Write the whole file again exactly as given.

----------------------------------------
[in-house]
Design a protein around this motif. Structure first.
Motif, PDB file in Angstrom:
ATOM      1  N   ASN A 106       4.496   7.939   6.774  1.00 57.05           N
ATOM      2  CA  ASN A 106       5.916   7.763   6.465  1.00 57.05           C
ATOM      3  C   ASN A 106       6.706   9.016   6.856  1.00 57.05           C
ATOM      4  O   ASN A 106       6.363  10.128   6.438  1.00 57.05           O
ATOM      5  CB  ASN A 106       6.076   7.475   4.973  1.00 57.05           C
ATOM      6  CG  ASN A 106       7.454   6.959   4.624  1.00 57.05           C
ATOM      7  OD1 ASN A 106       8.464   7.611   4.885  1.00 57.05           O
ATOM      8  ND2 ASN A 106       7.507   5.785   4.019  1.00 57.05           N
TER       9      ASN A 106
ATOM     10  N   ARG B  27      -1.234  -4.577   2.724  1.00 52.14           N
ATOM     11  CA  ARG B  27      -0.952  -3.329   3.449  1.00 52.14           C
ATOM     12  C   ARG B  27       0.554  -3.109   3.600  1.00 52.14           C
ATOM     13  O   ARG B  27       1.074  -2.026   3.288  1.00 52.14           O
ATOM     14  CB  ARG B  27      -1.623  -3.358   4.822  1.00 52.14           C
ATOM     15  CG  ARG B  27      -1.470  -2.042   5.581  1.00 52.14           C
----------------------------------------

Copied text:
[in-house]
Design a protein around this motif. Structure first.
Motif, PDB file in Angstrom:
ATOM      1  N   ASN A 106       4.496   7.939   6.774  1.00 57.05           N
ATOM      2  CA  ASN A 106       5.916   7.763   6.465  1.00 57.05           C
ATOM      3  C   ASN A 106       6.706   9.016   6.856  1.00 57.05           C
ATOM      4  O   ASN A 106       6.363  10.128   6.438  1.00 57.05           O
ATOM      5  CB  ASN A 106       6.076   7.475   4.973  1.00 57.05           C
ATOM      6  CG  ASN A 106       7.454   6.959   4.624  1.00 57.05           C
ATOM      7  OD1 ASN A 106       8.464   7.611   4.885  1.00 57.05           O
ATOM      8  ND2 ASN A 106       7.507   5.785   4.019  1.00 57.05           N
TER       9      ASN A 106
ATOM     10  N   ARG B  27      -1.234  -4.577   2.724  1.00 52.14           N
ATOM     11  CA  ARG B  27      -0.952  -3.329   3.449  1.00 52.14           C
ATOM     12  C   ARG B  27       0.554  -3.109   3.600  1.00 52.14           C
ATOM     13  O   ARG B  27       1.074  -2.026   3.288  1.00 52.14           O
ATOM     14  CB  ARG B  27      -1.623  -3.358   4.822  1.00 52.14           C
ATOM     15  CG  ARG B  27      -1.470  -2.042   5.581  1.00 52.14           C